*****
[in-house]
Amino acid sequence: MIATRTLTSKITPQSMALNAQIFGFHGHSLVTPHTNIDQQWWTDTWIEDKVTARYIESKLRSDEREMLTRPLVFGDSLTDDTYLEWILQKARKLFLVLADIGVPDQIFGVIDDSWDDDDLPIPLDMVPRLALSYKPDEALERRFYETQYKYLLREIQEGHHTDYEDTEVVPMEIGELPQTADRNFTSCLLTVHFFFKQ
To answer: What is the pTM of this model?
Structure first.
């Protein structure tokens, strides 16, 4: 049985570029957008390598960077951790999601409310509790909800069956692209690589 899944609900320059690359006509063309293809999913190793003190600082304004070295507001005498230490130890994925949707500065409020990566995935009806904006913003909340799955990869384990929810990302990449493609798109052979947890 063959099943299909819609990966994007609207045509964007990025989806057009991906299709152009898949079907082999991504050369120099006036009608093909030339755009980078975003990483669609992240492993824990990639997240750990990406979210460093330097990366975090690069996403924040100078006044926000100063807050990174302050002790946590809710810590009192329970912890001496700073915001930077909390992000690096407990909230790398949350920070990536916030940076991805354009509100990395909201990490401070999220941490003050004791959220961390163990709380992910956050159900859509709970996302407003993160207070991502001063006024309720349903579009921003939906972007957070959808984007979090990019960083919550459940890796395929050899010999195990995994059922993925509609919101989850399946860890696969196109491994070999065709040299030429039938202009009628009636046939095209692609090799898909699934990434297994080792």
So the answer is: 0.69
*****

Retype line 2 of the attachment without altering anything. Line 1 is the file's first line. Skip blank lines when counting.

Amino acid sequence: MIATRTLTSKITPQSMALNAQIFGFHGHSLVTPHTNIDQQWWTDTWIEDKVTARYIESKLRSDEREMLTRPLVFGDSLTDDTYLEWILQKARKLFLVLADIGVPDQIFGVIDDSWDDDDLPIPLDMVPRLALSYKPDEALERRFYETQYKYLLREIQEGHHTDYEDTEVVPMEIGELPQTADRNFTSCLLTVHFFFKQ